Shaare Emeth congregant Brian Goldman still remembers helping to put down the lines for the softball fields in preparation for the Senior Olympics at the young age of 12.
“It was my first job ever,” said the Creve Coeur resident. “From there, I went to bar mitzvah lessons.”
Today, he has another reason to remember the senior games. He’ll be a competitor.
“I’m making my brother do it with me,” said Goldman who, at age 50, now qualifies for the event after having been involved with it in various staff and volunteer capacities for almost the entirety of its existence. “We’re going to try it all.”
This year’s Senior Olympics will mark the 40th anniversary of the annual competition, which expects to draw roughly 1,100 athletes in about 90 different events from badminton to bocce at venues spread all across the St. Louis area May 23-28. The first day of the gathering will focus on special festivities including an expanded AARP Fitness Fair, a tap dance exhibition and a sports panel discussion. The day will culminate in a 6 p.m. “Walk of Ages,” a mile-long stroll for seniors and their families.
“We encourage all the seniors to bring their children and grandchildren,” said games director Phil Ruben. “Oftentimes it is parents and grandparents watching the kids play games. We always say that it is now the kids’ and the grandkids’ turn to watch the grandparents compete.”
It is quite a journey from the very first iteration of the games in 1980 when a small crew of supporters organized them as part of a special event to celebrate the 100th anniversary of the Jewish Community Center. It was meant only as a one-time event.
“Then the letters started pouring in — one after another after another after another,” said Ruben. “‘When are you doing it again? I need to train better. I want to try this event next year. I’ve got all these friends, brothers, cousins, co-workers that want to do it.’”
Myrna Hershman of Frontenac was the chair of the original event and she’s been involved in one way or another ever since.
“It changes the view of older people,” she said. “You usually thought of older people as people at a nursing home or who were frail. Here you had people who were in their 60s, 70s and 80s participating.”
Today, Hershman is one of 200 or so volunteers who work in various ways to help make the event happen.
Of course, Hershman admits that there is one way she doesn’t get involved — actually competing — an endeavor she said she tried only once in her late 50s when she registered for the one-mile walk.
“I was left in the dust by the 80-year-olds,” she laughed. “I figured I was better running the event than running in it.”
Still, her bravery in making the attempt is in the spirit of the Senior Olympics, which encourage people to do what they can and achieve their own potential.
“My only advice is that if you feel you can do it, get out and try,” said athlete Irwin “Toddy” Goldman. “You’ll love it.”
Goldman, who is no relation to Brian Goldman, would certainly know. The 95-year-old Shaare Emeth congregant will be making his 39th straight appearance at the event when he competes in shuffleboard and cornhole — a kind of beanbag-style tossing game. Previously, he’s been involved in everything from volleyball to horseshoes.
“I enjoyed every minute of it and can’t wait to get back this year,” he said.
Like so many others, the Creve Coeur resident cites the camaraderie of the games as his favorite part. In fact, sometimes relationships move beyond athletic conviviality.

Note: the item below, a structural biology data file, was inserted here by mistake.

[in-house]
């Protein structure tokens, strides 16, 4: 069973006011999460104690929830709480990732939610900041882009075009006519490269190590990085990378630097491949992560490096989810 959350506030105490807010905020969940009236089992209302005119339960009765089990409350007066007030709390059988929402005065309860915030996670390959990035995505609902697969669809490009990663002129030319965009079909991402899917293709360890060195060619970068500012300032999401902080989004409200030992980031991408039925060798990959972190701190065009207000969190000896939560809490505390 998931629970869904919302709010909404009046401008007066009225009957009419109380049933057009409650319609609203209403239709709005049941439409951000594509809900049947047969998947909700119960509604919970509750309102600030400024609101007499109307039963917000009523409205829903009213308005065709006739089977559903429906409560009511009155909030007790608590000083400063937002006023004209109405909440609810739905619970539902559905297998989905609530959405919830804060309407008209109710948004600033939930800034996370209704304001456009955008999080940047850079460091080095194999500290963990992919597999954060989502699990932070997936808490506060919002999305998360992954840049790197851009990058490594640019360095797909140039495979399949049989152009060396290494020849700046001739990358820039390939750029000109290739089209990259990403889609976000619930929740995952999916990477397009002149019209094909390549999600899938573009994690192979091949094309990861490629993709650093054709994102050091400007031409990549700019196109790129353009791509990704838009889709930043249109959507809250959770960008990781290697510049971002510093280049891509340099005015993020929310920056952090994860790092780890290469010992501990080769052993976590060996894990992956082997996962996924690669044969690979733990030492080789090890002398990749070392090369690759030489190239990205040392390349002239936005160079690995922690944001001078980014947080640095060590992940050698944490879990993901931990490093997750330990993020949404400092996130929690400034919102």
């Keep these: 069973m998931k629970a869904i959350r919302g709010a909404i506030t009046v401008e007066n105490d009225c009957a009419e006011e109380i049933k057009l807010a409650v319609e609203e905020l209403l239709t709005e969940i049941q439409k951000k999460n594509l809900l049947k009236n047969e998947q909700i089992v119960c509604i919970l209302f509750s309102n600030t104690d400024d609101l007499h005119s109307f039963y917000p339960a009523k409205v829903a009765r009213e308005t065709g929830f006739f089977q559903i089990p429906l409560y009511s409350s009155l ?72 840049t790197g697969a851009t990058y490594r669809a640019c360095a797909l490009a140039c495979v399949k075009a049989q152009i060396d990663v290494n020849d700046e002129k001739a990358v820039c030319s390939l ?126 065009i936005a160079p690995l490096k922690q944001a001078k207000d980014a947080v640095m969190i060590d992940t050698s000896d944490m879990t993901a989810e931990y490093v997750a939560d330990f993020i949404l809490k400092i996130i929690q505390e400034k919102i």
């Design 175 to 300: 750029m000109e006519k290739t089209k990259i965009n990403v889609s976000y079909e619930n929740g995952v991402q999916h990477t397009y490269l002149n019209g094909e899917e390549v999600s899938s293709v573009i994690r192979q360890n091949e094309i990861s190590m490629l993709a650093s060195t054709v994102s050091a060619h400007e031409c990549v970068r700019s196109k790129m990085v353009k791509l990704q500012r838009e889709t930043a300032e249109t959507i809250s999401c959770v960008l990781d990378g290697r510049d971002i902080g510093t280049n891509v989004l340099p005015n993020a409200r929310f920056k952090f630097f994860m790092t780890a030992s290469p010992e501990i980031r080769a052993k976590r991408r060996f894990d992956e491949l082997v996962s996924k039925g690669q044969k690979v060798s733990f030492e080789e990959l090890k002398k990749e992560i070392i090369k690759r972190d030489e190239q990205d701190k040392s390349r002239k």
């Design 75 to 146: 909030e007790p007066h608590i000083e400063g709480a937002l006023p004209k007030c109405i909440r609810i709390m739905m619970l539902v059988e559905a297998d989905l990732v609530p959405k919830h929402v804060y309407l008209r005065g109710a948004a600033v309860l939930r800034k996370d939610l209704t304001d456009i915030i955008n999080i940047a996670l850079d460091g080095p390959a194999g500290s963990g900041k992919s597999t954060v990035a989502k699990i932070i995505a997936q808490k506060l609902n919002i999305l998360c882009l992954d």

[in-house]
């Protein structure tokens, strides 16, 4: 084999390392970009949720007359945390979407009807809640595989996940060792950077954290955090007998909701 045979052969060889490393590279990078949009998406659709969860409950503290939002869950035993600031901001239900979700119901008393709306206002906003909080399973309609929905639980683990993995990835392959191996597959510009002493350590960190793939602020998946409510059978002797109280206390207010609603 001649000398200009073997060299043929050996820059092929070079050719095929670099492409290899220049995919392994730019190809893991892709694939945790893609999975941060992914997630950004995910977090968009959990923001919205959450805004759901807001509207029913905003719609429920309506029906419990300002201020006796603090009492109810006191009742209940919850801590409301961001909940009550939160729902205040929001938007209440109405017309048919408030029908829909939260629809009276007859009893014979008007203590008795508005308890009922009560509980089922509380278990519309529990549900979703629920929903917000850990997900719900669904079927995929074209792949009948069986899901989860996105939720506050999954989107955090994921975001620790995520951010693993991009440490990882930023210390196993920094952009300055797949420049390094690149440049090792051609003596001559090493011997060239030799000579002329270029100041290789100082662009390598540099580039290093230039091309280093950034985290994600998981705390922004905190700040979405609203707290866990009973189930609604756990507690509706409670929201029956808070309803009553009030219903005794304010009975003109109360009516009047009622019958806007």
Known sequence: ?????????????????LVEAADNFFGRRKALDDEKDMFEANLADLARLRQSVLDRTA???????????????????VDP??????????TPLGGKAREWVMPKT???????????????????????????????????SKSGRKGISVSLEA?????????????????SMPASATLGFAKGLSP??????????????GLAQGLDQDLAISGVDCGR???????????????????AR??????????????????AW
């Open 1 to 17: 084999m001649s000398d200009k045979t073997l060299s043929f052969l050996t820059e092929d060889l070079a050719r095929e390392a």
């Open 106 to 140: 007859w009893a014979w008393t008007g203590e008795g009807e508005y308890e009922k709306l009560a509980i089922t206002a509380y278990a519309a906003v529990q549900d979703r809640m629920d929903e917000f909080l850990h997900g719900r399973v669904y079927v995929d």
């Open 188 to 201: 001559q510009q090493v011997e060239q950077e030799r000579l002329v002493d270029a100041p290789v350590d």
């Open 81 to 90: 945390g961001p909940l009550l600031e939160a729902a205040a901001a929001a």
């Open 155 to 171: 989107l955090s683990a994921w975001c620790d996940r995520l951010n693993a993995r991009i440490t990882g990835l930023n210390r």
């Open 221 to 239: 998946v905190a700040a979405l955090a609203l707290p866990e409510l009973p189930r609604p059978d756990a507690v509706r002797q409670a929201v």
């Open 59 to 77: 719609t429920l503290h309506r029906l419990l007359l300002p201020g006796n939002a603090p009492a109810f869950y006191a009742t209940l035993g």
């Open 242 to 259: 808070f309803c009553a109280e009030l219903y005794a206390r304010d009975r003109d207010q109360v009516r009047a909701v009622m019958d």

“I’ve met a few who have met their mates and married over the years,” he said.
Former athlete Erich Dahl was also a regular competitor over the years until he was sidelined by injuries. Now 99 years old, his last appearance in the competition was in 2014.
“It was great to me all those years,” said Dahl, a Holocaust survivor. “I wish I could do it some more.”
He said that between his time in St. Louis and his efforts at a similar event in Cleveland, he believes he won more than 300 medals through the decades.
“I don’t think I would be 99 if it hadn’t been for all those years I spent running,” he said.
Keeping in shape is one reason to compete and it can be surprising the amount of dedication that some put into it. Hershman likes to recall the story of a fellow who entered a bike-racing event only to finish a distant last place.
“He said, ‘Next year, I’m going to come and I’m not going to be blown away,” she remembered.
He bought a better bike, lost 20 pounds and trained heavily. The following year the man came in first.
“That was one of the good outcomes,” she said. “People saw that if they took care of themselves and exercised, they could do these things.”
But it is more often looking to achieve a personal best than simply competing. Ruben said it is not unusual to see opponents rooting for each other.
“More times than not, people are cheering for you to beat them,” he said. “I’ve seen times where people are holding hands crossing the finish line.”
Hershman said that it was interesting to think of how much the event has expanded over time. Originally, athletes were grouped in three categories with the oldest being 65-plus. Today, so many nonagenarians are competing that they have an individual category just for those age 90 and up.
“Who knows? In 20 years, we may have a 100-plus category,” she said.
Registration to compete in the event is now closed but if you have questions or wish to ask about volunteering opportunities, contact Phil Ruben at 314-442-3279 or Jason P. Davis at 314-442-3216.
St. Louis Senior Olympics
WHAT: The J will hold the 40th annual games, which include 1,100 athletes age 50 and up competing in 90 events.
WHEN: May 23-28
WHERE: Various locations around the St. Louis area
MORE INFO: Visit stlouisseniorolympics.org